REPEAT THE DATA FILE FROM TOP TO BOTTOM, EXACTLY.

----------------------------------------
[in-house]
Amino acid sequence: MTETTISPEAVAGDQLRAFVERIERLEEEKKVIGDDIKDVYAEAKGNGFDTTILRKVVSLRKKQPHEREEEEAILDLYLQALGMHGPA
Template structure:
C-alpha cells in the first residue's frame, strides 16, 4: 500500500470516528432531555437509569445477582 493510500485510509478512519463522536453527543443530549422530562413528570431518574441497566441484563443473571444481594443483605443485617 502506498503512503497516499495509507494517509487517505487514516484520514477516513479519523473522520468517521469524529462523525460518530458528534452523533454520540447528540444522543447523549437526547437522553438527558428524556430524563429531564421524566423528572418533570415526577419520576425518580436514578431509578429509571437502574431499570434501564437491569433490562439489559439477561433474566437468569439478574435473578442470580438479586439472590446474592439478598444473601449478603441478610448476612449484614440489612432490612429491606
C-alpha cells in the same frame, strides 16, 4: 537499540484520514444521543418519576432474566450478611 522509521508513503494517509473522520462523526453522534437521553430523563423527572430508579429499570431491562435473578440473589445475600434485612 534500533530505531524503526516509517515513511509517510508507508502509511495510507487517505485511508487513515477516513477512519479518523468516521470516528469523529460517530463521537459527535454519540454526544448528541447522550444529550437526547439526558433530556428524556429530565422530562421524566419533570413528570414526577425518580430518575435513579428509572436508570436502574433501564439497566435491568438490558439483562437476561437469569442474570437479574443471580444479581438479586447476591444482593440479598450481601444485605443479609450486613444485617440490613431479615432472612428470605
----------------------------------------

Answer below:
[in-house]
Amino acid sequence: MTETTISPEAVAGDQLRAFVERIERLEEEKKVIGDDIKDVYAEAKGNGFDTTILRKVVSLRKKQPHEREEEEAILDLYLQALGMHGPA
Template structure:
C-alpha cells in the first residue's frame, strides 16, 4: 500500500470516528432531555437509569445477582 493510500485510509478512519463522536453527543443530549422530562413528570431518574441497566441484563443473571444481594443483605443485617 502506498503512503497516499495509507494517509487517505487514516484520514477516513479519523473522520468517521469524529462523525460518530458528534452523533454520540447528540444522543447523549437526547437522553438527558428524556430524563429531564421524566423528572418533570415526577419520576425518580436514578431509578429509571437502574431499570434501564437491569433490562439489559439477561433474566437468569439478574435473578442470580438479586439472590446474592439478598444473601449478603441478610448476612449484614440489612432490612429491606
C-alpha cells in the same frame, strides 16, 4: 537499540484520514444521543418519576432474566450478611 522509521508513503494517509473522520462523526453522534437521553430523563423527572430508579429499570431491562435473578440473589445475600434485612 534500533530505531524503526516509517515513511509517510508507508502509511495510507487517505485511508487513515477516513477512519479518523468516521470516528469523529460517530463521537459527535454519540454526544448528541447522550444529550437526547439526558433530556428524556429530565422530562421524566419533570413528570414526577425518580430518575435513579428509572436508570436502574433501564439497566435491568438490558439483562437476561437469569442474570437479574443471580444479581438479586447476591444482593440479598450481601444485605443479609450486613444485617440490613431479615432472612428470605